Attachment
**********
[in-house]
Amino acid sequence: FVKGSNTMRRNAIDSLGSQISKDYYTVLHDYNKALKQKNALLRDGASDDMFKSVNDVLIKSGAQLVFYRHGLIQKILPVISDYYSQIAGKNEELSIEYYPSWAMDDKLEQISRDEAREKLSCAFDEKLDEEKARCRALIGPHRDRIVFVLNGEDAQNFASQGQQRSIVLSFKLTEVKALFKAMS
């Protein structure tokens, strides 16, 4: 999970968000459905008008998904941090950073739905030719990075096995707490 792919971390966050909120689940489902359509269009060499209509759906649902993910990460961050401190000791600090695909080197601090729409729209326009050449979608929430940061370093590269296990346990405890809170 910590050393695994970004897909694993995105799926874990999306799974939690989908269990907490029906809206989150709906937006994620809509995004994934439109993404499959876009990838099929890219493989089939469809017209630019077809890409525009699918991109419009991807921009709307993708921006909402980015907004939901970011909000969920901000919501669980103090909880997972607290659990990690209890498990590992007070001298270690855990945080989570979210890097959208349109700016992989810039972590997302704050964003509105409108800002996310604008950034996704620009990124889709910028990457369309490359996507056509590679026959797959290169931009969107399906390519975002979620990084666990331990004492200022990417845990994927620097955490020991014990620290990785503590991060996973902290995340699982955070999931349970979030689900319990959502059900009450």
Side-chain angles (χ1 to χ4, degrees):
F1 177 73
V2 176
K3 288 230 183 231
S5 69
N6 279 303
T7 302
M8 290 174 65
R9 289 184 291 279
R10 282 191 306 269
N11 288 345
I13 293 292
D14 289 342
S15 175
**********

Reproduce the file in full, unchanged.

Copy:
[in-house]
Amino acid sequence: FVKGSNTMRRNAIDSLGSQISKDYYTVLHDYNKALKQKNALLRDGASDDMFKSVNDVLIKSGAQLVFYRHGLIQKILPVISDYYSQIAGKNEELSIEYYPSWAMDDKLEQISRDEAREKLSCAFDEKLDEEKARCRALIGPHRDRIVFVLNGEDAQNFASQGQQRSIVLSFKLTEVKALFKAMS
């Protein structure tokens, strides 16, 4: 999970968000459905008008998904941090950073739905030719990075096995707490 792919971390966050909120689940489902359509269009060499209509759906649902993910990460961050401190000791600090695909080197601090729409729209326009050449979608929430940061370093590269296990346990405890809170 910590050393695994970004897909694993995105799926874990999306799974939690989908269990907490029906809206989150709906937006994620809509995004994934439109993404499959876009990838099929890219493989089939469809017209630019077809890409525009699918991109419009991807921009709307993708921006909402980015907004939901970011909000969920901000919501669980103090909880997972607290659990990690209890498990590992007070001298270690855990945080989570979210890097959208349109700016992989810039972590997302704050964003509105409108800002996310604008950034996704620009990124889709910028990457369309490359996507056509590679026959797959290169931009969107399906390519975002979620990084666990331990004492200022990417845990994927620097955490020991014990620290990785503590991060996973902290995340699982955070999931349970979030689900319990959502059900009450």
Side-chain angles (χ1 to χ4, degrees):
F1 177 73
V2 176
K3 288 230 183 231
S5 69
N6 279 303
T7 302
M8 290 174 65
R9 289 184 291 279
R10 282 191 306 269
N11 288 345
I13 293 292
D14 289 342
S15 175